yum main window before entering a recipeThe new interface is pretty cool – the main deal is that you have a cork board with recipe’s thumb-tacked to it. if you’ve inserted a photo into a recipe, it’s what you see on the corkboard. Along the left pane you see icons to get you to all of your recipes,, top rated, last viewed and a series of folders. You can create regular folders using the plus button at the bottom, and then you can drag your recipes into Thanksgiving, desserts, whatever folders make sense to you. You can also create smart folders, doing a search for a term first and then clicking the Save button. I noticed though that the smart folders don’t update in Yum if you create a new recipe that meets your smart folder criteria which limits their usefulness in my opinion.

The interface to enter new recipes is really intuitive, but it doesn’t exactly follow normal interface standards. You enter a title, rating, tags, select a category and enter info about how hard it is, how long it takes, how many services its for, and oddly what language it’s in. The total time taken is annoying – you HAVE to enter it in a specific format xh ymin and there’s no getting around that. You can’t make any little notes like “30 min to cook, but has to sit in fridge for a day to set up”. not sure why it’s so rigid. The yield number is super important (number of servings) because of my favorite aspect of Yum. there’s a lovely button called Scale – type in the number of servings you need, and Yum automatically scales all of the ingredients for you! I know we all just loved fractions when we were in elementary school, right? I CAN take 1 2/3rd cup and triple it, I just don’t WANT to, ok? Now I don’t have to because I have Yum so just get off my back.

Entering ingredients is pretty easy. In the old version you had to put each part of an ingredient in its own field – the number in one field, the measure (cups, tsp, etc) in the next field, and the name of the ingredient in the third. So 3tsp salt was three separate entries. now you just toss it in one field which makes it a lot easier. Steps are entered in the same way. One thing I wish they had though was a way to reorder steps. I forgot to enter how much to preheat the oven and I had to take each step, copy it, and then paste it down one until the first step was empty for me to type in the oven preheat time.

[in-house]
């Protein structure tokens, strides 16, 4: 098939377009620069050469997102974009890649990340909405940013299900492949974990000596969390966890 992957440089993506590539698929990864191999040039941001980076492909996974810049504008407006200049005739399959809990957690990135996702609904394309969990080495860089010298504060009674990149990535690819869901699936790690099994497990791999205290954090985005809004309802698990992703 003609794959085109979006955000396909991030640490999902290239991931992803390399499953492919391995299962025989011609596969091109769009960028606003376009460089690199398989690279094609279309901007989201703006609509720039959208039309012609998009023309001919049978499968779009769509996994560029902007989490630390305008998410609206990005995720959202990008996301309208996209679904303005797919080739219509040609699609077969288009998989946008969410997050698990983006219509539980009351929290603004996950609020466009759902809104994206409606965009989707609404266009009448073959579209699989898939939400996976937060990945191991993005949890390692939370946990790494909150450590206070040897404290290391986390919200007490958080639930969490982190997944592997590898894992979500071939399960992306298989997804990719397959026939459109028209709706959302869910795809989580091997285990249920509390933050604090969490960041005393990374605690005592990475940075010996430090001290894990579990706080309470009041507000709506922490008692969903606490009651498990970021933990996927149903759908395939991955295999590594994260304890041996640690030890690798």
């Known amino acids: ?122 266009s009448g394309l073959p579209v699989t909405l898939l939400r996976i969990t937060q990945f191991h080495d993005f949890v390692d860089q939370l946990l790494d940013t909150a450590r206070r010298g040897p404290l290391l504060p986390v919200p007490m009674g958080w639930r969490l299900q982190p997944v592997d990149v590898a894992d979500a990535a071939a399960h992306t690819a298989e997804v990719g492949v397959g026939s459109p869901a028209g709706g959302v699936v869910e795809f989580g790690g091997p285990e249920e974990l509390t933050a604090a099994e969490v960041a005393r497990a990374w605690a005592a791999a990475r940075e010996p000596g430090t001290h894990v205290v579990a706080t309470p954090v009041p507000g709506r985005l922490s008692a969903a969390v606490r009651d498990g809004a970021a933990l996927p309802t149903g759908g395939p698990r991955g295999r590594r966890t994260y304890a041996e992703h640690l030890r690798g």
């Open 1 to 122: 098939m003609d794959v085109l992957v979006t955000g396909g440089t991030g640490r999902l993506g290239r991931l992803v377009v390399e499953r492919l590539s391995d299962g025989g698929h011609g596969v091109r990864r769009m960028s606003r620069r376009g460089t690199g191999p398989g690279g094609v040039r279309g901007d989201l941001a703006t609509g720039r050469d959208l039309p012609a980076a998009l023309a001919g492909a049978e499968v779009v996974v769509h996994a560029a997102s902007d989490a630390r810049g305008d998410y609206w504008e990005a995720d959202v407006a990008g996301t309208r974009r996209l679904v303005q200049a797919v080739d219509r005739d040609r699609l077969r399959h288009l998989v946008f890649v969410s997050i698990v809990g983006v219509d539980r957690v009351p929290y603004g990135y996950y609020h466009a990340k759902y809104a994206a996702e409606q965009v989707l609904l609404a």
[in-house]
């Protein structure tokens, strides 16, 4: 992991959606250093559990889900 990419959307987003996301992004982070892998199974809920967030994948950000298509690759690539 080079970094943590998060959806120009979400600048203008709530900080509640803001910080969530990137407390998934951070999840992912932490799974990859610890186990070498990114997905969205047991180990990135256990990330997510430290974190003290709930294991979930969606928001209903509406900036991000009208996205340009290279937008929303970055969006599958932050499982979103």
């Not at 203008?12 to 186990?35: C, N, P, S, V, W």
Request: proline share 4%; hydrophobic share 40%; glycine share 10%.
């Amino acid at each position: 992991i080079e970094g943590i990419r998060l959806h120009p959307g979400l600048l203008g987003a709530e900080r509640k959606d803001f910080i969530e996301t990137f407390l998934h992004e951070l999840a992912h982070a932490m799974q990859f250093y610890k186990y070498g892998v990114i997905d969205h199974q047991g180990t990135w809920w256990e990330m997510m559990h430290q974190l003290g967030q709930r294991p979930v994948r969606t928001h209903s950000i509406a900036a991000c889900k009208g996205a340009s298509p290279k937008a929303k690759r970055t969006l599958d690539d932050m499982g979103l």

I mentioned that you can drop in photos of your recipes, but two things about that disappoint. First it says you can double click to add a photo which I was hoping would take me to my media library but that didn’t actually do anything, so I had to launch Aperture, export the image and then drag it in. When i got the image into the recipe, it was very very small, so in my opinion not really worth all of that trouble. It does look good on the cork board but in the visual or printed version of the recipe it’s not very interesting.

In the older versions of Yum, you entered the name of the person from whom you got the recipe right under the title. Recipes are probably one of the most social things on earth – how many recipes does a non-chef person have that they actually created from scratch themselves? That means giving credit is very important, even if it’s “Aunt Betty’s Tuna and Brussels Sprouts Casserole”! Which I heard she got from Aunt Martha anyway and never gave her credit and that’s why they’re still not speaking to this day!Unfortunately in the newest version of Yum they’ve removed the field to give credit.